Koby Levin of Chalkbeat reports that a study of the state takeover of Detroit’s public schools–which lasted for 15 years–was “a costly mistake.”

The state was supposed to solve intractable problems that elected school officials in Detroit could not.

It made things worse, according to a newly released report on the 15 years during which the Detroit school district was largely controlled by state-appointed officials.

The study, which was commissioned by the current school board, found a pattern of “startling mismanagement” in academic and financial matters whose consequences continue to weigh on the district’s future.

While some had hoped that the report would eventually lead to a lawsuit against the state, that seems unlikely. Instead, it provides a 172-page confirmation of what many Detroiters have argued for years: that installing state officials in place of the elected school board wasn’t enough to make the district’s problems disappear.

“The legacy of emergency management coupled with the continuing effect of inequitable school funding, will inevitably cause the District to hit a ceiling and impede its current progress toward a complete turnaround of traditional public education in Detroit,” the seven board members wrote in a statement in response to the report.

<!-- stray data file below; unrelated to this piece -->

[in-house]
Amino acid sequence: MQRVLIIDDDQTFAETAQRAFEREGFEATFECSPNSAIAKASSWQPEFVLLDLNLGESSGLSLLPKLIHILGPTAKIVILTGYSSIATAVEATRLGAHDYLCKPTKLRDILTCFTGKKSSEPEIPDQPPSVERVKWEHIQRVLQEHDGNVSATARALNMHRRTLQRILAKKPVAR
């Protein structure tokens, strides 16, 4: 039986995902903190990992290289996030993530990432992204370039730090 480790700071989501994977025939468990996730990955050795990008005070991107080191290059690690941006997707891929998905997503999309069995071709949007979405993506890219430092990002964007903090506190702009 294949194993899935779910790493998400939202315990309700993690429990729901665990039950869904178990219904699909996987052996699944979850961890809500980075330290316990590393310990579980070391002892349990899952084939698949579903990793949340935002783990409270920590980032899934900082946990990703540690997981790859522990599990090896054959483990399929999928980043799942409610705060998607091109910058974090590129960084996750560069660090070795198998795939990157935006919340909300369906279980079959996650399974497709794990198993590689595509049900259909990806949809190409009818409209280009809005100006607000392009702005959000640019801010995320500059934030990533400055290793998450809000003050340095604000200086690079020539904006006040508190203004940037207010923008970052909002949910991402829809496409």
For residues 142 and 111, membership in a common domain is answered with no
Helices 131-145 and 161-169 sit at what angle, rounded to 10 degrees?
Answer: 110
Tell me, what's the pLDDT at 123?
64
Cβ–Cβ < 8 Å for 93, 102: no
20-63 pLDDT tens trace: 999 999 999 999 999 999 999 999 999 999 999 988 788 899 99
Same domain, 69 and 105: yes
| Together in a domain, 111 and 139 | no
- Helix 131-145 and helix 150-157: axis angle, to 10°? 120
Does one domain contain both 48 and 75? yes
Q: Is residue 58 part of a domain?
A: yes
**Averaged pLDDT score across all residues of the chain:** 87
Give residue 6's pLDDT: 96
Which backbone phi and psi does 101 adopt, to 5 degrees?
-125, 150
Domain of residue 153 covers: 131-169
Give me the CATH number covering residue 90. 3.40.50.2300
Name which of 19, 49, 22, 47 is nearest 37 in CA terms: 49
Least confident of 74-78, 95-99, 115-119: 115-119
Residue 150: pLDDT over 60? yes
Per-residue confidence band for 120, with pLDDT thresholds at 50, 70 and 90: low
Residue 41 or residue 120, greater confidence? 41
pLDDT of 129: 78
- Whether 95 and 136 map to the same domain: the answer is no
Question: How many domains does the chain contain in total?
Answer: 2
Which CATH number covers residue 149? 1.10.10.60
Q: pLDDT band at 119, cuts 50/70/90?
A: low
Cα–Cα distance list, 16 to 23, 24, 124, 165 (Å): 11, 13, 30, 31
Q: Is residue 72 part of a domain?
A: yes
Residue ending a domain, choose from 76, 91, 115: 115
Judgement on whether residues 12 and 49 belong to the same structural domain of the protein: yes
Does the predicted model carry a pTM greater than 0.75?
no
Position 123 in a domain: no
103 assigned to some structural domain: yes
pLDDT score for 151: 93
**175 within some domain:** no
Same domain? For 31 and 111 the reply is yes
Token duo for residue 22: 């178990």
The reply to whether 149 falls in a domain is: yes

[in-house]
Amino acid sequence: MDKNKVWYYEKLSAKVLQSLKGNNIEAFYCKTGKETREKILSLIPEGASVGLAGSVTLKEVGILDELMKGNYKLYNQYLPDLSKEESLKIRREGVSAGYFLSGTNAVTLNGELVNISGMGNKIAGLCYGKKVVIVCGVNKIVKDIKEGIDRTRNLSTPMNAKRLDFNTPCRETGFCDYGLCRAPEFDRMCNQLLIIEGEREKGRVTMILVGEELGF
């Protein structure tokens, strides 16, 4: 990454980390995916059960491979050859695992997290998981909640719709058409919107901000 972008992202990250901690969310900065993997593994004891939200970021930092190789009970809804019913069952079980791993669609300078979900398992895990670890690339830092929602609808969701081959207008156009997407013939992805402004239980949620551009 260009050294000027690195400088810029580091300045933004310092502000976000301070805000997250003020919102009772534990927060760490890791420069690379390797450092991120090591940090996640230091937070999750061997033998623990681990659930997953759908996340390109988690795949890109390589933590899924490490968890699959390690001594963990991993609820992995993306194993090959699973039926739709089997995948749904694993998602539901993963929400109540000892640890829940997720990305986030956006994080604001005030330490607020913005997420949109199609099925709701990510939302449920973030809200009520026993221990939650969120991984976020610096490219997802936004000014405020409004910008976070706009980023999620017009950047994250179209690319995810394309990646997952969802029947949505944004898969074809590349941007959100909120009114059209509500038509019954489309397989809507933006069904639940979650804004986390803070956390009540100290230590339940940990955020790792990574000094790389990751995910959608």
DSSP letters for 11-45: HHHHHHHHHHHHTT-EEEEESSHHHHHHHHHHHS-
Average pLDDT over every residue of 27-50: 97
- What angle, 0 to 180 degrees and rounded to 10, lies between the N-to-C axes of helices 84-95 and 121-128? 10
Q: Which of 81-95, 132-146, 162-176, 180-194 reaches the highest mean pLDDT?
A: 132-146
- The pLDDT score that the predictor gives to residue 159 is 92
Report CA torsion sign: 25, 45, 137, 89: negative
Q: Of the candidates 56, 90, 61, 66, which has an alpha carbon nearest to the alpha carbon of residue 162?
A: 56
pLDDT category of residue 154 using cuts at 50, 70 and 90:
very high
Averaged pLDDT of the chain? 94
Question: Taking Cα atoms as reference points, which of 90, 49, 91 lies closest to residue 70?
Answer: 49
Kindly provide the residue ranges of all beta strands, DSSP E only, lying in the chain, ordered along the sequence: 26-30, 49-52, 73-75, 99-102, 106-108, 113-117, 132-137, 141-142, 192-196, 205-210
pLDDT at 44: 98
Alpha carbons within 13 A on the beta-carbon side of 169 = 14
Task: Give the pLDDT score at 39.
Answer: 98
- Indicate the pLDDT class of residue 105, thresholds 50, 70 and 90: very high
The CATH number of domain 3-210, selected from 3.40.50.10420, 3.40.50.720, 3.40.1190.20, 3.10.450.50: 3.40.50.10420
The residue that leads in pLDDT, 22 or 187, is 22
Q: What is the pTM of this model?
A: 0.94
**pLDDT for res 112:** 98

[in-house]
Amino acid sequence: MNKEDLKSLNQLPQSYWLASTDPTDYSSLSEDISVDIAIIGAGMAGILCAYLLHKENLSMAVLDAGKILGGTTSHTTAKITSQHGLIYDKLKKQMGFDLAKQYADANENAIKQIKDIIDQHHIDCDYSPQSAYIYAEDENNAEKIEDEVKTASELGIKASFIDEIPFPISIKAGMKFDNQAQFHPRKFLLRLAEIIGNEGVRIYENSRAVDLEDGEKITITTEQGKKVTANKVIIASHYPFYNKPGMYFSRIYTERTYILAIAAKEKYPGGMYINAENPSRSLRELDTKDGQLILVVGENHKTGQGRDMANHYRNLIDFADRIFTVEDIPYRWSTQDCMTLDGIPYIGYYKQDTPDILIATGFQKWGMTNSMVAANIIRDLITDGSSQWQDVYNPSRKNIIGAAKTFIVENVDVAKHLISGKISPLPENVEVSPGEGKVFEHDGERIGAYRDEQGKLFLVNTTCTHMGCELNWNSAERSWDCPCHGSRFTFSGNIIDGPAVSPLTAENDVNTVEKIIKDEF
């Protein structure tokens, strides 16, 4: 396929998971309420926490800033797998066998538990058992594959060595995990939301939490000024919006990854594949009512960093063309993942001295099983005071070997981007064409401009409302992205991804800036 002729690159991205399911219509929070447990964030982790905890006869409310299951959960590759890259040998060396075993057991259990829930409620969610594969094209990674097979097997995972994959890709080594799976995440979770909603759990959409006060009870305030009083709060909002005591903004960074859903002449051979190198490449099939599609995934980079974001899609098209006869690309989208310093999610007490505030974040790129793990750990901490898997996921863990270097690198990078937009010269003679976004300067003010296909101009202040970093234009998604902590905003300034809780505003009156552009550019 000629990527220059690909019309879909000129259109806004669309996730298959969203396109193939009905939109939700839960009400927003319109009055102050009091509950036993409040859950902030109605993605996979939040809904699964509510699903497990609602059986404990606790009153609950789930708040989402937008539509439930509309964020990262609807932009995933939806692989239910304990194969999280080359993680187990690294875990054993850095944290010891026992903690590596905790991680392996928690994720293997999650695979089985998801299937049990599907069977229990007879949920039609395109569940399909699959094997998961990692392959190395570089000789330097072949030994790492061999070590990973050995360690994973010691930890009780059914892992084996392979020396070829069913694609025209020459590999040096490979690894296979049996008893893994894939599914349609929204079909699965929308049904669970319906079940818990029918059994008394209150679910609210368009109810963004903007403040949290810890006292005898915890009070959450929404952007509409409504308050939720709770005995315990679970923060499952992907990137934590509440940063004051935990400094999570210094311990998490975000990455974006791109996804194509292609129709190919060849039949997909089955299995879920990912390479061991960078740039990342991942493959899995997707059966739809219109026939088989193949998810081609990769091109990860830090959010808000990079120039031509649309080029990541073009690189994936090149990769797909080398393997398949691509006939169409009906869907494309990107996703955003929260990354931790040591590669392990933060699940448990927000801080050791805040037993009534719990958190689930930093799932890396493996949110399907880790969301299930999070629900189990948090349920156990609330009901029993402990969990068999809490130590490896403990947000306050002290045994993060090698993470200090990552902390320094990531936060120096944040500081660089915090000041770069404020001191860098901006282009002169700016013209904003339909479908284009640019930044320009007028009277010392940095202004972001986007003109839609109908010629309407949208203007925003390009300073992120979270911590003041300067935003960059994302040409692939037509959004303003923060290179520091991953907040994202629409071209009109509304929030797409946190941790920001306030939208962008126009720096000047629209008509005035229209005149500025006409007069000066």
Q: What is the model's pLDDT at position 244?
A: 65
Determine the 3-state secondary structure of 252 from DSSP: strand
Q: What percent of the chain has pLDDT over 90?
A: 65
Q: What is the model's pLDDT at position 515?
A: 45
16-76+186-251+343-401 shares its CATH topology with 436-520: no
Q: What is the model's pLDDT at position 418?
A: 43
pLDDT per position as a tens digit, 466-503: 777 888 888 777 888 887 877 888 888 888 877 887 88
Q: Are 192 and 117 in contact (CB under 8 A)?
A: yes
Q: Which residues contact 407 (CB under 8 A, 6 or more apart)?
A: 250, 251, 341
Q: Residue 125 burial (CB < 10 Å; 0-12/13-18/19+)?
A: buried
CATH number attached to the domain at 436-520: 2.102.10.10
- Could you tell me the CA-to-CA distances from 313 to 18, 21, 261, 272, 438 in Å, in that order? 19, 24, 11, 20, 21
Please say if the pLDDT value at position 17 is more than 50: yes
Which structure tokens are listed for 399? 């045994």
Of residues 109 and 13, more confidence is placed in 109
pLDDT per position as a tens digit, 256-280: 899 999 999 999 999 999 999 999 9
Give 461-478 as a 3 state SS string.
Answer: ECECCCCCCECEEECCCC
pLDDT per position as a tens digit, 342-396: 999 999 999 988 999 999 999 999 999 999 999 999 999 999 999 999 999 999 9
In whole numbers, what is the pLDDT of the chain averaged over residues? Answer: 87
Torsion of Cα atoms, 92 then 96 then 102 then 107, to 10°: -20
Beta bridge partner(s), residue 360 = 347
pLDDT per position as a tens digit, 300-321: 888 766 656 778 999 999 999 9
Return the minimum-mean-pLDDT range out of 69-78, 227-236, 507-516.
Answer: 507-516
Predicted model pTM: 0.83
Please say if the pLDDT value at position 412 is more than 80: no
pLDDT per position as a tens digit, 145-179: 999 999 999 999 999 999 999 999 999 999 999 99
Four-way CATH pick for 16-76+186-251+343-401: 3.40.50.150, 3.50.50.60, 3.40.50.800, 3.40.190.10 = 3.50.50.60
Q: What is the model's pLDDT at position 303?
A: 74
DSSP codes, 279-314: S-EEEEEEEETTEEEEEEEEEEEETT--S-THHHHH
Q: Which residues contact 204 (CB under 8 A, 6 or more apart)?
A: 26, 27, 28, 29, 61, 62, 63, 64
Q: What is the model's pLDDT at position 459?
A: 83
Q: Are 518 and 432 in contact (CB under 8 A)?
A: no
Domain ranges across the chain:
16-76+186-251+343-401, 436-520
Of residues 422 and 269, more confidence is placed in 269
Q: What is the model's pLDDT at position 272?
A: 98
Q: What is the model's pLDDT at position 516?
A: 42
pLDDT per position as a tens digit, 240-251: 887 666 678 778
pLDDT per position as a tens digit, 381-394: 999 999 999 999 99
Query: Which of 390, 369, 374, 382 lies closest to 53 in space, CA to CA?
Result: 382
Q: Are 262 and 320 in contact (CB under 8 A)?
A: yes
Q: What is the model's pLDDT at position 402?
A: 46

As state officials closed dozens of schools, they failed to adequately maintain the properties — “a costly mistake,” the report found, “as many of the vacant buildings have been stripped and/or vandalized.”

Tom Watkins, who was state superintendent from 2001 to 2005, said there was little hope of improving the district’s financial situation simply through effective management — not without solving underlying issues with declining enrollmentand Michigan’s school funding structure.

“It’s like trying to bail out a sinking yacht with a thimble,” he said.

The state threw everything it could think of at the struggling district–emergency management, charters galore–but not the funding needed.